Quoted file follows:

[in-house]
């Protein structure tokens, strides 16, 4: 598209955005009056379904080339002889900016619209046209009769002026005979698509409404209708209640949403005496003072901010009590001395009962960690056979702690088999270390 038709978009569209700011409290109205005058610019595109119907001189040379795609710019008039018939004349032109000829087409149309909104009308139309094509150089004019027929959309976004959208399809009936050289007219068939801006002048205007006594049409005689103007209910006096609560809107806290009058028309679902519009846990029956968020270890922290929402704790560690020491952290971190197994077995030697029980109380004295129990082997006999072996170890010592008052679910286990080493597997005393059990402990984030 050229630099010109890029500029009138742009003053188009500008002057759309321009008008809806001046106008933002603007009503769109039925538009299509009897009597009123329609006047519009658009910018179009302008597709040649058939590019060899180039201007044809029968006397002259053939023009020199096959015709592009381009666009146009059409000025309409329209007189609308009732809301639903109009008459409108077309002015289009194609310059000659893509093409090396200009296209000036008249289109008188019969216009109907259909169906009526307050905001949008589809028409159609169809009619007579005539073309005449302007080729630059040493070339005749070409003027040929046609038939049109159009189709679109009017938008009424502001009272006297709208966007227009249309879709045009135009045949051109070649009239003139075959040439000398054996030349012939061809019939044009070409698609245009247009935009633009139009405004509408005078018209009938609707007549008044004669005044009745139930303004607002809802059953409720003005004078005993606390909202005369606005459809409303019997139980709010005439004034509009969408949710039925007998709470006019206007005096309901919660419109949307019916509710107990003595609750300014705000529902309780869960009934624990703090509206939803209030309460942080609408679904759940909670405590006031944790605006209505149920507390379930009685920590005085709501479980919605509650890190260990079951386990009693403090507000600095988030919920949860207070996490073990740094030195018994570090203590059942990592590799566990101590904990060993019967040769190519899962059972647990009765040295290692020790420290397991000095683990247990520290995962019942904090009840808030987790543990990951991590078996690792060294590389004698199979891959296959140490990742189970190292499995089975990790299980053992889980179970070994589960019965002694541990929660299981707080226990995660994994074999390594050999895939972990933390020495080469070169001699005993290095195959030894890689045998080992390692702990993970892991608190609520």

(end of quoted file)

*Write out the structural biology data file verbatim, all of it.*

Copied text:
[in-house]
């Protein structure tokens, strides 16, 4: 598209955005009056379904080339002889900016619209046209009769002026005979698509409404209708209640949403005496003072901010009590001395009962960690056979702690088999270390 038709978009569209700011409290109205005058610019595109119907001189040379795609710019008039018939004349032109000829087409149309909104009308139309094509150089004019027929959309976004959208399809009936050289007219068939801006002048205007006594049409005689103007209910006096609560809107806290009058028309679902519009846990029956968020270890922290929402704790560690020491952290971190197994077995030697029980109380004295129990082997006999072996170890010592008052679910286990080493597997005393059990402990984030 050229630099010109890029500029009138742009003053188009500008002057759309321009008008809806001046106008933002603007009503769109039925538009299509009897009597009123329609006047519009658009910018179009302008597709040649058939590019060899180039201007044809029968006397002259053939023009020199096959015709592009381009666009146009059409000025309409329209007189609308009732809301639903109009008459409108077309002015289009194609310059000659893509093409090396200009296209000036008249289109008188019969216009109907259909169906009526307050905001949008589809028409159609169809009619007579005539073309005449302007080729630059040493070339005749070409003027040929046609038939049109159009189709679109009017938008009424502001009272006297709208966007227009249309879709045009135009045949051109070649009239003139075959040439000398054996030349012939061809019939044009070409698609245009247009935009633009139009405004509408005078018209009938609707007549008044004669005044009745139930303004607002809802059953409720003005004078005993606390909202005369606005459809409303019997139980709010005439004034509009969408949710039925007998709470006019206007005096309901919660419109949307019916509710107990003595609750300014705000529902309780869960009934624990703090509206939803209030309460942080609408679904759940909670405590006031944790605006209505149920507390379930009685920590005085709501479980919605509650890190260990079951386990009693403090507000600095988030919920949860207070996490073990740094030195018994570090203590059942990592590799566990101590904990060993019967040769190519899962059972647990009765040295290692020790420290397991000095683990247990520290995962019942904090009840808030987790543990990951991590078996690792060294590389004698199979891959296959140490990742189970190292499995089975990790299980053992889980179970070994589960019965002694541990929660299981707080226990995660994994074999390594050999895939972990933390020495080469070169001699005993290095195959030894890689045998080992390692702990993970892991608190609520």